Storage Networking World came and went with me neck-deep in my lab testing products for review. Yet even at a distance, some of what was announced in Dallas this week caught my attention as harbingers of advances to come.
It doesn't take a genius to realize that you could build an addition onto your data center by stuffing some equipment in a separate container. It just takes a genius to secure the intellectual property for it.
The mobility and remote-access boom is undeniable. Rapidly expanding wireless bandwidth coupled with the improving capabilities of laptop computers, mobile phones, personal digital assistants and other mobile devices is making it possible for organisations to adopt new means of satisfying the mobile workforce's demand for anytime, anywhere access to information.
Don't call it "client/server." Today's database-driven applications are a world apart from the green-screen terminal apps of decades past. And yet, in this age when "the network is the computer," more and more data processing tasks are handed off to remote resources. Server-based applications, centralized content management, SOA (service-oriented architecture), and SaaS (software as a service) are all part of this trend -- and all put increased burden on enterprise network links.
When you're having problems with your enterprise laptop or workstation, who do you call? Is your IT staff just down the hall, or are they on the other side of the globe?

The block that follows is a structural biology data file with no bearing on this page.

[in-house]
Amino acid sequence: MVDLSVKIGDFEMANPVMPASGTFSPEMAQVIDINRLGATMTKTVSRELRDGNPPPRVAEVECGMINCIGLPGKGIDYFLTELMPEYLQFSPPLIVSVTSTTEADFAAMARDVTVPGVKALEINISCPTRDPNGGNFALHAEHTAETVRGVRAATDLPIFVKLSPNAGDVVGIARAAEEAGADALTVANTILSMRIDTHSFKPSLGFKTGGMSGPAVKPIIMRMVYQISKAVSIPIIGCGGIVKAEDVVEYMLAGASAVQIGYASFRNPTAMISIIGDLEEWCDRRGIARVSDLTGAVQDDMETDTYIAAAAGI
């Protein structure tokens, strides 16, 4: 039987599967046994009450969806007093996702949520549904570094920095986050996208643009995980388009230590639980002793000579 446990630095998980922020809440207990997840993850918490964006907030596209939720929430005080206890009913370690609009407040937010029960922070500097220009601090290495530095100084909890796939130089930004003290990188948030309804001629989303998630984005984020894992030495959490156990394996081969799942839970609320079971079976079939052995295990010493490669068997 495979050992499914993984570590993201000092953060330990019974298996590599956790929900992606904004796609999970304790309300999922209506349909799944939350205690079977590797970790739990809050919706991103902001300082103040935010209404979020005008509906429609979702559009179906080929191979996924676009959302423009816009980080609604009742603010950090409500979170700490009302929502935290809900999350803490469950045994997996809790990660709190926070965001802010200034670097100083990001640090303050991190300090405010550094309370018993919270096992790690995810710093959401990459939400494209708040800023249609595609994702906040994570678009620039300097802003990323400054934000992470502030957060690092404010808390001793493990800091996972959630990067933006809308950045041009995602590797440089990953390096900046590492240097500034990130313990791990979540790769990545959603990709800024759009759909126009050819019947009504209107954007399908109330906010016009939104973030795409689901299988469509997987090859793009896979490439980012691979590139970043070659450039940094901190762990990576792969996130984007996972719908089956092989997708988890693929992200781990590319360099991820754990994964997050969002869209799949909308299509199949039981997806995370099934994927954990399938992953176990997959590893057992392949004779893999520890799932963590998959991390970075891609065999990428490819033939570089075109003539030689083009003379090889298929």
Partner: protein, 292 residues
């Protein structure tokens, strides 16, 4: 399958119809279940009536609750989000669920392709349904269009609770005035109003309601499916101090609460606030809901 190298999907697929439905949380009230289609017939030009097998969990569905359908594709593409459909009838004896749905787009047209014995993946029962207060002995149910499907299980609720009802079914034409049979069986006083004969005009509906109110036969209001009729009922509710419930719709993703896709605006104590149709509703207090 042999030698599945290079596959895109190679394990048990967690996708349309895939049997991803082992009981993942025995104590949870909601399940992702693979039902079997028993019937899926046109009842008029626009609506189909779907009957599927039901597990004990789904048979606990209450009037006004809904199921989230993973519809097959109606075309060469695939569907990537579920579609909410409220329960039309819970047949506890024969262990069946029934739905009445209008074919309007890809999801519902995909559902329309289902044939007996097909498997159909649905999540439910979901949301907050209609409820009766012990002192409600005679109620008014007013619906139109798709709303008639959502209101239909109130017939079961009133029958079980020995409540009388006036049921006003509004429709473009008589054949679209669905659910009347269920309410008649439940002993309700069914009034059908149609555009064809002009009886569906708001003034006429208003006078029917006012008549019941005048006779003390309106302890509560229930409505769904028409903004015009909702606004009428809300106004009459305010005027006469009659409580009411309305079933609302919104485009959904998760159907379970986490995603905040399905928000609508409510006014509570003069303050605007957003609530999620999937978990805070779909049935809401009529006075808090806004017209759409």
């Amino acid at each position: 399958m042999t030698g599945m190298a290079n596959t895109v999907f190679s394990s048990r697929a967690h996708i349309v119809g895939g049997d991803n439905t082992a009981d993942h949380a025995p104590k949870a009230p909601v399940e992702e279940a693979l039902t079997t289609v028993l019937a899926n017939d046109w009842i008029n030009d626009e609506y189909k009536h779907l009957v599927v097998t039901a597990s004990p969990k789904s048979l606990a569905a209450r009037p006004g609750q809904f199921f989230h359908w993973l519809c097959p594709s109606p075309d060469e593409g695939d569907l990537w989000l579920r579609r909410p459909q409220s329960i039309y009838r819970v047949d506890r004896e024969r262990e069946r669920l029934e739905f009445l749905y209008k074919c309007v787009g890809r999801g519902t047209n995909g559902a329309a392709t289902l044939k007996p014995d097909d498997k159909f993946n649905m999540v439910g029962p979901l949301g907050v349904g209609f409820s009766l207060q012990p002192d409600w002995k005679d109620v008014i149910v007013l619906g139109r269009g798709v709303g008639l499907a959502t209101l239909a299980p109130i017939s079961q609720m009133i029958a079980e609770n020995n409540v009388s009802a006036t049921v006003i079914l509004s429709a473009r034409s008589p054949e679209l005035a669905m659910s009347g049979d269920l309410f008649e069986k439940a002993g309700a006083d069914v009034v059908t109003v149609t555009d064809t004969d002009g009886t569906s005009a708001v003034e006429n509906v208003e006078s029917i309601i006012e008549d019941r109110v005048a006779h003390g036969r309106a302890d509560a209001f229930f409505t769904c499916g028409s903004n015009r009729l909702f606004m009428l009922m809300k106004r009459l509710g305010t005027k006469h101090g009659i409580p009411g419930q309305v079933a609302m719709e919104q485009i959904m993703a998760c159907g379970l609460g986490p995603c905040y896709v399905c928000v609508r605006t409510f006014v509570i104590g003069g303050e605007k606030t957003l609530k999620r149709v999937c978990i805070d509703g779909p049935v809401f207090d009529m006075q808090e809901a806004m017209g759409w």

A few weeks ago, I wrote a column about the impact of wireless LAN system architecture on performance and why the debate on this issue won't be settled any time soon. This week I want to look at the impact of system and solution architecture on the success of wireless wide-area networks (WWANs).
In areas such as CRM software and portals, open source gained a foothold because users were willing to compromise -- less could be more, because the price was right. In security, open source rushed in because commercial vendors fell down on the job. As security problems in the enterprise outstripped the capabilities of commercial solutions, a number of talented security researchers stepped into the breach via the open source model.
Open source cut its teeth on operating systems, earned its street cred on Linux and Apache, and never looked back, continuing ever since to extend the kingdom to databases, middleware, and newfangled platforms such as hypervisors for server virtualization. Our Bossies in platforms and middleware recognize a few old faces, and some fairly new ones.
If we had to pick the most significant trend in networking today, the VoIP phenomenon might well top the list. And open source is playing no small part. While enterprises remain reluctant to rip out their tried-and-true PBXes, open source VoIP -- usually in the form of Asterisk -- is capturing business communications one small business or branch office at a time. Sooner or later, enterprises too will catch the open source VoIP bug. The cost savings and flexibility are too compelling to resist.
There are two kinds of people: optimists and pessimists. Sadly, I'm one of the latter. So I wasn't surprised when the vast majority of scientists concluded that human contributions to the buildup of greenhouse gases are a key component of global warming.
For me the recent VoiceCon show in San Francisco gave new meaning to the words "unified messaging." As I made my rounds to close to two dozen analyst meetings, almost every executive was focused on laying out their company's "Unified Communications" strategy and/or its upper-stack cousin, "Communications-enabled Business Processes." UC and CEBP were certainly the stars of the show but how we'll get there is not at all clear and a big battle is brewing.